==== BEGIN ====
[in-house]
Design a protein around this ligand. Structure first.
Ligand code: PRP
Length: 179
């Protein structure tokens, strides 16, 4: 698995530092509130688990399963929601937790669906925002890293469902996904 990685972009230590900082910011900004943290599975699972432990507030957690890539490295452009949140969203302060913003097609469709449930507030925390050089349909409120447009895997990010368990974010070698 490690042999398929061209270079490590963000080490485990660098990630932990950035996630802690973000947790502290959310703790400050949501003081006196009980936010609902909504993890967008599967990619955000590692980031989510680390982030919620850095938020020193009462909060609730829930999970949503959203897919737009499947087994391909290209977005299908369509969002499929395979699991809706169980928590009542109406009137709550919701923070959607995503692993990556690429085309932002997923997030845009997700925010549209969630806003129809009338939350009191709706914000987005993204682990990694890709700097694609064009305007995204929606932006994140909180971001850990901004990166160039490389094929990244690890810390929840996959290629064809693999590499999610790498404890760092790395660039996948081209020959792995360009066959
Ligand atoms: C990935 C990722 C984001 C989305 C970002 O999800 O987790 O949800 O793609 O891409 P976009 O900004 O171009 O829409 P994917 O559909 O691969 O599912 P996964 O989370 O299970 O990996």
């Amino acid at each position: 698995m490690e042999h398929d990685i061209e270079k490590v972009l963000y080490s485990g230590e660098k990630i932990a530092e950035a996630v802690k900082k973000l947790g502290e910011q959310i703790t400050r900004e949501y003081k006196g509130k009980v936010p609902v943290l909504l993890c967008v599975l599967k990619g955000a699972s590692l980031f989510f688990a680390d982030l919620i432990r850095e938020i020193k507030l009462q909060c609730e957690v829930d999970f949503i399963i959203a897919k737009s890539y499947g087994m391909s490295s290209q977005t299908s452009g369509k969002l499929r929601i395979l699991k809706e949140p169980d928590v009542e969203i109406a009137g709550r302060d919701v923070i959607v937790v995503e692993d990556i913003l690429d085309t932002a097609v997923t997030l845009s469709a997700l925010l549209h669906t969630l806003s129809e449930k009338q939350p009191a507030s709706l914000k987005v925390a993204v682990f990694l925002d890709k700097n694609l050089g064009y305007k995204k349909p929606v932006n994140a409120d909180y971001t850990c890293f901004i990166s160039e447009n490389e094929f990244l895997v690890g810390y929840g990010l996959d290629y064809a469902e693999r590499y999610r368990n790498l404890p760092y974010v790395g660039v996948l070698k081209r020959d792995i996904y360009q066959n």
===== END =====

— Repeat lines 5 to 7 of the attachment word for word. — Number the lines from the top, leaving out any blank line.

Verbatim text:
């Protein structure tokens, strides 16, 4: 698995530092509130688990399963929601937790669906925002890293469902996904 990685972009230590900082910011900004943290599975699972432990507030957690890539490295452009949140969203302060913003097609469709449930507030925390050089349909409120447009895997990010368990974010070698 490690042999398929061209270079490590963000080490485990660098990630932990950035996630802690973000947790502290959310703790400050949501003081006196009980936010609902909504993890967008599967990619955000590692980031989510680390982030919620850095938020020193009462909060609730829930999970949503959203897919737009499947087994391909290209977005299908369509969002499929395979699991809706169980928590009542109406009137709550919701923070959607995503692993990556690429085309932002997923997030845009997700925010549209969630806003129809009338939350009191709706914000987005993204682990990694890709700097694609064009305007995204929606932006994140909180971001850990901004990166160039490389094929990244690890810390929840996959290629064809693999590499999610790498404890760092790395660039996948081209020959792995360009066959
Ligand atoms: C990935 C990722 C984001 C989305 C970002 O999800 O987790 O949800 O793609 O891409 P976009 O900004 O171009 O829409 P994917 O559909 O691969 O599912 P996964 O989370 O299970 O990996």
């Amino acid at each position: 698995m490690e042999h398929d990685i061209e270079k490590v972009l963000y080490s485990g230590e660098k990630i932990a530092e950035a996630v802690k900082k973000l947790g502290e910011q959310i703790t400050r900004e949501y003081k006196g509130k009980v936010p609902v943290l909504l993890c967008v599975l599967k990619g955000a699972s590692l980031f989510f688990a680390d982030l919620i432990r850095e938020i020193k507030l009462q909060c609730e957690v829930d999970f949503i399963i959203a897919k737009s890539y499947g087994m391909s490295s290209q977005t299908s452009g369509k969002l499929r929601i395979l699991k809706e949140p169980d928590v009542e969203i109406a009137g709550r302060d919701v923070i959607v937790v995503e692993d990556i913003l690429d085309t932002a097609v997923t997030l845009s469709a997700l925010l549209h669906t969630l806003s129809e449930k009338q939350p009191a507030s709706l914000k987005v925390a993204v682990f990694l925002d890709k700097n694609l050089g064009y305007k995204k349909p929606v932006n994140a409120d909180y971001t850990c890293f901004i990166s160039e447009n490389e094929f990244l895997v690890g810390y929840g990010l996959d290629y064809a469902e693999r590499y999610r368990n790498l404890p760092y974010v790395g660039v996948l070698k081209r020959d792995i996904y360009q066959n």